Lawrence Hill’s Someone Knows My Name, published by Norton in 2007, is his fourth novel.

The story focuses on Aminata Diallo, who was born in West Africa in 1745. In 1802, Aminata goes to London to help the cause of the British abolitionists.

In the first part of the story, Aminata’s childhood and capture is described. Readers learn about her slave life in South Carolina on an indigo farm. The novel also describes Aminata’s experiences leading up to the American Revolution. At age 11, she was captured by British slave holders. She survives the Middle Passage and reaches South Carolina, where she is reunited with a boy named Chekura who lived near her village in Africa. Her owner is Robinson Appleby, an indigo producer.

Aminata is taught to read and write, and she keeps these skills a secret for fear she will be beaten or worse. Aminata later becomes pregnant, and her child is sold into slavery. Aminata goes to New York with her new master, Solomon Lindo, a Jewish duty inspector. While in New York, Aminata uses her reading and writing skills to try to gain freedom. She dreams of returning to her village in Africa. Over the years, Aminata reunites with her husband and has another child who is also sold into slavery.

In the second half of the novel, readers learn about Aminata’s life after slavery. Aminata works for the British as a scribe recording the names of African Americans emigrating to Canada in the “Book of Negroes” (which is a historical document). In this role, Aminata learns the stories of how different black people sought and gained their freedom.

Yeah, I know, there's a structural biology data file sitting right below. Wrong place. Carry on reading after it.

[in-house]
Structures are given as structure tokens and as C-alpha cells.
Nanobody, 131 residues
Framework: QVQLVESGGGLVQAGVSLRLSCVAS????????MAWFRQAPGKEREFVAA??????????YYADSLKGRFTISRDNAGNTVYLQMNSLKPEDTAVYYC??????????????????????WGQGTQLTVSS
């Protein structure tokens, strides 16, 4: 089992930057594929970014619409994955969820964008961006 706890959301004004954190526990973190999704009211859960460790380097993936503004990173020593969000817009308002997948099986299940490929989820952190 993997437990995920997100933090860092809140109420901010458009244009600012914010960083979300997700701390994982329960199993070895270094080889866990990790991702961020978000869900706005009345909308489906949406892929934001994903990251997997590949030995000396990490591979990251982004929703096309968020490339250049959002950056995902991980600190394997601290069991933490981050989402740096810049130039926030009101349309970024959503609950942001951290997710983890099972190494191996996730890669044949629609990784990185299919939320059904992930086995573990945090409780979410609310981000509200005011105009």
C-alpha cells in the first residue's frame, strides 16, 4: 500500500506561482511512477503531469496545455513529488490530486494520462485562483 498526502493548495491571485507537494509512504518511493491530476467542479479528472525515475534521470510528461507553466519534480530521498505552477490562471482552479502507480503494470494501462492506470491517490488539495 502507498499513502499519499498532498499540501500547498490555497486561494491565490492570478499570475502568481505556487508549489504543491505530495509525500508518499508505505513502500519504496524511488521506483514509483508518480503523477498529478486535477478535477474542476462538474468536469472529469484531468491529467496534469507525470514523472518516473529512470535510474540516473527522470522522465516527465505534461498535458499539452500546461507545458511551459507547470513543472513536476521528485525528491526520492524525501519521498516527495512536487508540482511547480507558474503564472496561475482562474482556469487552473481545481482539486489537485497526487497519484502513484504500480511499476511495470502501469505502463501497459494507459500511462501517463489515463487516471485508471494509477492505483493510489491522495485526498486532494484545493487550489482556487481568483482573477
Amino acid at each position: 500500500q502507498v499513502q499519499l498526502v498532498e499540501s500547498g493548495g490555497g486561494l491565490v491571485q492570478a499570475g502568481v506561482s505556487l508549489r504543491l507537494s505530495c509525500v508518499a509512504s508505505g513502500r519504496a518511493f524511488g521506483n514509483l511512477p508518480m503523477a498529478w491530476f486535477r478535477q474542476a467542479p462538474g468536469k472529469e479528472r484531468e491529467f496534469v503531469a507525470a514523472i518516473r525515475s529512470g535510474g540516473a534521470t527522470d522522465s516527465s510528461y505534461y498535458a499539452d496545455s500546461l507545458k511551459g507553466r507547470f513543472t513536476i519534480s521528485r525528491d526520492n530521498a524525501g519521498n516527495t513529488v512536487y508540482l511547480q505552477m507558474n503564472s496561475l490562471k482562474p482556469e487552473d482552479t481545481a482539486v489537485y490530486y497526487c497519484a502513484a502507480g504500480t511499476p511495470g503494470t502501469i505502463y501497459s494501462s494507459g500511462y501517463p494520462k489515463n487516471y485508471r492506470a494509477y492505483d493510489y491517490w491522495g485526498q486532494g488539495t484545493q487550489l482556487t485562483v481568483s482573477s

Aminata also emigrates to Canada, thus gaining her own freedom. When she arrives in Nova Scotia, Aminata discovers that she is unhappy there and feels lost. She joins a group that is planning to move back to Africa. She learns that the Sierra Leone Company is offering native Africans the opportunity to return to their home country as landholders. In Sierra Leone, however, she also feels similarly displaced because the company does not honor its promises. As the novel closes, she remains unable to find a place to call home.

Critics admire Hill’s development of a terrific character and the well-paced plot that brings the horrifying history of slavery to life. Hill celebrates the human spirit in the face of daunting odds.